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Intimidated by 3D modeling packages? Dip a toe in the water with CINEMA 4D (C4D) Lite, a slimmed down version of CINEMA 4D included with After Effects CC. Motion graphics designer Angie Taylor shows you how to build a complete sequence in C4D Lite, progressing from initial object modeling, to animation, lighting, camera rigging, texturing, and final render. Plus, learn to animate text, create random movement with wiggle expressions, track cameras in live-action footage to add new 3D elements, and light your scene. Angie also round-trips the project files to After Effects for visual effects and color correction. With over 100 videos, this course allows you to explore almost every aspect of 3D motion graphics creation, within this accessible introductory tool.
There are all sorts of ways of using Multipass, but I'm going to go through a few that I like to use with you now. If we have a look within chart.12start .AP. I'm going to go up to 100% so that we can see our image a little bit more clearly. It will take a minute or two just to re-render it at full resolution, and we'll just drag this over. And you'll notice that I have this reflection and shadow layer here, which I don't really want to be a solid layer.
I want to kind of composite the reflections and the shadows with the footage underneath, and multipass allows me to do that. So what I'm going to do is, I am going to create two copies of my robots. So I'll duplicate them. I'm going to switch off of the top copy at the moment, and open up CINEWARE for the bottom copy. And what I'm going to do is just choose a layer, so I'm going to first of all select the layer that I want to work with, which is the Floor layer.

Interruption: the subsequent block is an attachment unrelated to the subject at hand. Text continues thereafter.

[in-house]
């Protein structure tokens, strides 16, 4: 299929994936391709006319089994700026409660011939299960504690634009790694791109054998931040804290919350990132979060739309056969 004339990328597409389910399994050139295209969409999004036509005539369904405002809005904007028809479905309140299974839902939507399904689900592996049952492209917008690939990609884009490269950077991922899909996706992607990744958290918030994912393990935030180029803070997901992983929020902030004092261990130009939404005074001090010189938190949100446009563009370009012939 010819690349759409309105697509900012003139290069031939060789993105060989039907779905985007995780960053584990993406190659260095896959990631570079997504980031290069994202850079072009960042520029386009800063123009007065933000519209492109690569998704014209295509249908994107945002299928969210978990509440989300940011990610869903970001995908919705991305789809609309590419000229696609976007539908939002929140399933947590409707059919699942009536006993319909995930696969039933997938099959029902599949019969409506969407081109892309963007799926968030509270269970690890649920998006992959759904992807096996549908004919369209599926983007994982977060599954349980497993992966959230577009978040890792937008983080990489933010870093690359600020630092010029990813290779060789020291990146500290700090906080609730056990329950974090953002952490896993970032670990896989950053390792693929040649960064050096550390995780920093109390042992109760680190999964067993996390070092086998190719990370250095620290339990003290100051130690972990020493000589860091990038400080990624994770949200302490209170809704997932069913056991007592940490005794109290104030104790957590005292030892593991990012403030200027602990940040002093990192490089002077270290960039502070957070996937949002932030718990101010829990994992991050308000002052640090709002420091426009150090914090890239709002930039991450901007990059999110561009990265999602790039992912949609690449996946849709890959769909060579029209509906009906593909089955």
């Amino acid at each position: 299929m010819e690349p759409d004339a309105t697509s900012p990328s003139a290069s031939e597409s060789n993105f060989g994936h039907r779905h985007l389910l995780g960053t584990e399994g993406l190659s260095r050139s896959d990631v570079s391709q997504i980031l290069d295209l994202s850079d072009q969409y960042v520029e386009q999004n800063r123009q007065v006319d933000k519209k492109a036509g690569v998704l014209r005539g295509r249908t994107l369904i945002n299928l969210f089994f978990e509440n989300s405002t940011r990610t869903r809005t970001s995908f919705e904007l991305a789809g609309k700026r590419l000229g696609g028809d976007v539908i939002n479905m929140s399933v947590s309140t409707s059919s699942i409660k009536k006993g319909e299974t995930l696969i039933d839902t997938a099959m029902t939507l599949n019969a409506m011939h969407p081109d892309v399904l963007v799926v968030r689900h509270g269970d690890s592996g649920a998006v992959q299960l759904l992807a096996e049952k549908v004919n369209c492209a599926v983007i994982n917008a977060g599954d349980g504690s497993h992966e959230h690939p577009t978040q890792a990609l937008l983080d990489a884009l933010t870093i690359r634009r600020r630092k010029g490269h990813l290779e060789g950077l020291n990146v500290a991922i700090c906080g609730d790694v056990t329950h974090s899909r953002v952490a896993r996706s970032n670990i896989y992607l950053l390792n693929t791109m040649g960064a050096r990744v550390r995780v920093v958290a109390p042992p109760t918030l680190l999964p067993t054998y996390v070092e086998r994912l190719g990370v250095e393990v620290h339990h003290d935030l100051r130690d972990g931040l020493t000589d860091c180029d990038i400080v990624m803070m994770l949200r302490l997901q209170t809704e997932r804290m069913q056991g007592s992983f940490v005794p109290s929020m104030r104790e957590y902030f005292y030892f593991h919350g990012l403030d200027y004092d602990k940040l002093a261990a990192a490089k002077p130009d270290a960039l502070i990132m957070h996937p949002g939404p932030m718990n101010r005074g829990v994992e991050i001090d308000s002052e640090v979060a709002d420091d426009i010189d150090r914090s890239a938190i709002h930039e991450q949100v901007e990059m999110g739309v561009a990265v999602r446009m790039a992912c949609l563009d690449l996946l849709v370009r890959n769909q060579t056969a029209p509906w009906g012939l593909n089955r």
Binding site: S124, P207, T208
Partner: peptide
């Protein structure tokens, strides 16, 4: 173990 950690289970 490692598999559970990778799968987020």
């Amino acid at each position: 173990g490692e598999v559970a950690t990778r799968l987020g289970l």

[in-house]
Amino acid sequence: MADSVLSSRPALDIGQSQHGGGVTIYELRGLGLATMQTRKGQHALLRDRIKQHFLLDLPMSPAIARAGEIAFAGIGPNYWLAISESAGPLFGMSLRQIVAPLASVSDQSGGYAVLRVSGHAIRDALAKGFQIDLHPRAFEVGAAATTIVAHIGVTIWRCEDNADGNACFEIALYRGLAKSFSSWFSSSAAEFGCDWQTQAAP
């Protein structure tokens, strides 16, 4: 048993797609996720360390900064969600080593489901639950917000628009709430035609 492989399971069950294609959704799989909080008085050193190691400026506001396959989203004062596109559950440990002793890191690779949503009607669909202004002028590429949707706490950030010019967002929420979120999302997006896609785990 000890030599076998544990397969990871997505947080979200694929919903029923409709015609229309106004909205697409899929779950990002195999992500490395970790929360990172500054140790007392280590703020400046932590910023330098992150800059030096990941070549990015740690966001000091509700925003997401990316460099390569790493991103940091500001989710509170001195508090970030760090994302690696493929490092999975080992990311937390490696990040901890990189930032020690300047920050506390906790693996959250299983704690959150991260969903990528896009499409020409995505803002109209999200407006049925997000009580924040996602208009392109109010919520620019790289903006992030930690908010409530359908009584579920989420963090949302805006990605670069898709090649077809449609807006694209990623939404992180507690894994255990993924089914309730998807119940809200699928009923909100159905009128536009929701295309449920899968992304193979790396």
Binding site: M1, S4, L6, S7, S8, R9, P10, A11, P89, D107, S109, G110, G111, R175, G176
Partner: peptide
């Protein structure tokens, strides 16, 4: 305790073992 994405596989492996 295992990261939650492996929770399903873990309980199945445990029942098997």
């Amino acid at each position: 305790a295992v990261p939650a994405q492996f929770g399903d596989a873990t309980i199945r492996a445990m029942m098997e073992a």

And then, I'm going to work with my multiple passes for that layer So I'm going to go into Multipass and just choose to see the reflections to start with. And basically, what that will do is it will isolate my Floor layer and just show me the deflections that are on the Floor layer. Now my robot is also part of that layer, so we'll just ignore him for a second. But basically that's allowing me now to see just the reflections. And if I then use the Blending modes, like maybe add or screen.
Let's try screen. You'll see that I get quite a nice result, so either Screen mode or Add mode would probably work really well here. Either, doesn't really matter. And you'll see I get much better result by compositing the relfections on top of the existing footage. Then one my top layer, I can go into my Layer settings in CINEWARE. So, just go in, switch on layers, and just say, everything but the floor layer. So Robot layer, Text layer, and then switch that on.
And we now have a composite where one layer is showing us the reflections on the floor, the other is the actual robot and little dancing characters. Now you could do the same with the shadows, you could Multiply mode to multiply the shadows. So if we zoom out, you can see that looks a lot better now with just the deflections composited onto the building. Really, fits in a lot better with the scene than it did just plunked on top of there. Now you can do similar things with other elements.
You can do similar things with the text, for example. You may want to composite that a little bit with the background, maybe have a little bit of the background showing through the text. So have a little play with using the different passes, just to blend them in with the background a little bit more.
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